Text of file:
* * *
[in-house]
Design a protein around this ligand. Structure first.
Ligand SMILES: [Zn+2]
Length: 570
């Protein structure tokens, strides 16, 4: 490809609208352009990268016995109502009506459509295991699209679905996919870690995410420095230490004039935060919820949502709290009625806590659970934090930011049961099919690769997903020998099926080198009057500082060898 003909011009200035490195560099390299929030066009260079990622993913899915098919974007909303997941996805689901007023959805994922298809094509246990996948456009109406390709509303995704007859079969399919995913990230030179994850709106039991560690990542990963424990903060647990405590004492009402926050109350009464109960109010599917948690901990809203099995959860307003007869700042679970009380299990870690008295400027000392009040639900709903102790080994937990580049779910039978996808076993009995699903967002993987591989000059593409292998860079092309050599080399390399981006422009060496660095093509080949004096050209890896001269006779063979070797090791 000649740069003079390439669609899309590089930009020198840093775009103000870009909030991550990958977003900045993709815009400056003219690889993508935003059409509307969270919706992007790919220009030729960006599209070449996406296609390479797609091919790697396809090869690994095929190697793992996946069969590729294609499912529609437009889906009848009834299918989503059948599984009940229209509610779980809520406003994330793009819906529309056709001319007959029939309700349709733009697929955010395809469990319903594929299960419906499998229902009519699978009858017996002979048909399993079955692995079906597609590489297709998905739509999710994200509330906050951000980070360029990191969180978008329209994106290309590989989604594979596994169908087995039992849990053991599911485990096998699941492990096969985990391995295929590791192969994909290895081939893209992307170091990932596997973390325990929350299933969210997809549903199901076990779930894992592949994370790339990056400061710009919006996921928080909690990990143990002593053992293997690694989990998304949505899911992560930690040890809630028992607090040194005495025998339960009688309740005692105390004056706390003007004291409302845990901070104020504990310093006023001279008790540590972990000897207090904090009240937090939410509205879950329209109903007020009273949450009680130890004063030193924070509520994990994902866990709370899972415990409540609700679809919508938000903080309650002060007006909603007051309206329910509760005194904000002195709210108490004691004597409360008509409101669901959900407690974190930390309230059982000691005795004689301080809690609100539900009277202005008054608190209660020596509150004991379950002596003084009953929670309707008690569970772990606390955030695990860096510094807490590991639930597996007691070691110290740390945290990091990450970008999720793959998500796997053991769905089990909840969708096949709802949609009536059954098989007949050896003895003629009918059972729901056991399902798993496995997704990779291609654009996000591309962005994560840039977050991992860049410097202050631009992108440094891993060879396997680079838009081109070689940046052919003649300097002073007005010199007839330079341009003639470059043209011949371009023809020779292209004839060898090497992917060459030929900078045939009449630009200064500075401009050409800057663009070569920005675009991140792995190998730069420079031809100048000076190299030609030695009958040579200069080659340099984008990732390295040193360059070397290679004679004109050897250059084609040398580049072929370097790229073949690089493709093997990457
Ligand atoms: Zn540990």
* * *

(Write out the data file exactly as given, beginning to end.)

[in-house]
Design a protein around this ligand. Structure first.
Ligand SMILES: [Zn+2]
Length: 570
């Protein structure tokens, strides 16, 4: 490809609208352009990268016995109502009506459509295991699209679905996919870690995410420095230490004039935060919820949502709290009625806590659970934090930011049961099919690769997903020998099926080198009057500082060898 003909011009200035490195560099390299929030066009260079990622993913899915098919974007909303997941996805689901007023959805994922298809094509246990996948456009109406390709509303995704007859079969399919995913990230030179994850709106039991560690990542990963424990903060647990405590004492009402926050109350009464109960109010599917948690901990809203099995959860307003007869700042679970009380299990870690008295400027000392009040639900709903102790080994937990580049779910039978996808076993009995699903967002993987591989000059593409292998860079092309050599080399390399981006422009060496660095093509080949004096050209890896001269006779063979070797090791 000649740069003079390439669609899309590089930009020198840093775009103000870009909030991550990958977003900045993709815009400056003219690889993508935003059409509307969270919706992007790919220009030729960006599209070449996406296609390479797609091919790697396809090869690994095929190697793992996946069969590729294609499912529609437009889906009848009834299918989503059948599984009940229209509610779980809520406003994330793009819906529309056709001319007959029939309700349709733009697929955010395809469990319903594929299960419906499998229902009519699978009858017996002979048909399993079955692995079906597609590489297709998905739509999710994200509330906050951000980070360029990191969180978008329209994106290309590989989604594979596994169908087995039992849990053991599911485990096998699941492990096969985990391995295929590791192969994909290895081939893209992307170091990932596997973390325990929350299933969210997809549903199901076990779930894992592949994370790339990056400061710009919006996921928080909690990990143990002593053992293997690694989990998304949505899911992560930690040890809630028992607090040194005495025998339960009688309740005692105390004056706390003007004291409302845990901070104020504990310093006023001279008790540590972990000897207090904090009240937090939410509205879950329209109903007020009273949450009680130890004063030193924070509520994990994902866990709370899972415990409540609700679809919508938000903080309650002060007006909603007051309206329910509760005194904000002195709210108490004691004597409360008509409101669901959900407690974190930390309230059982000691005795004689301080809690609100539900009277202005008054608190209660020596509150004991379950002596003084009953929670309707008690569970772990606390955030695990860096510094807490590991639930597996007691070691110290740390945290990091990450970008999720793959998500796997053991769905089990909840969708096949709802949609009536059954098989007949050896003895003629009918059972729901056991399902798993496995997704990779291609654009996000591309962005994560840039977050991992860049410097202050631009992108440094891993060879396997680079838009081109070689940046052919003649300097002073007005010199007839330079341009003639470059043209011949371009023809020779292209004839060898090497992917060459030929900078045939009449630009200064500075401009050409800057663009070569920005675009991140792995190998730069420079031809100048000076190299030609030695009958040579200069080659340099984008990732390295040193360059070397290679004679004109050897250059084609040398580049072929370097790229073949690089493709093997990457
Ligand atoms: Zn540990």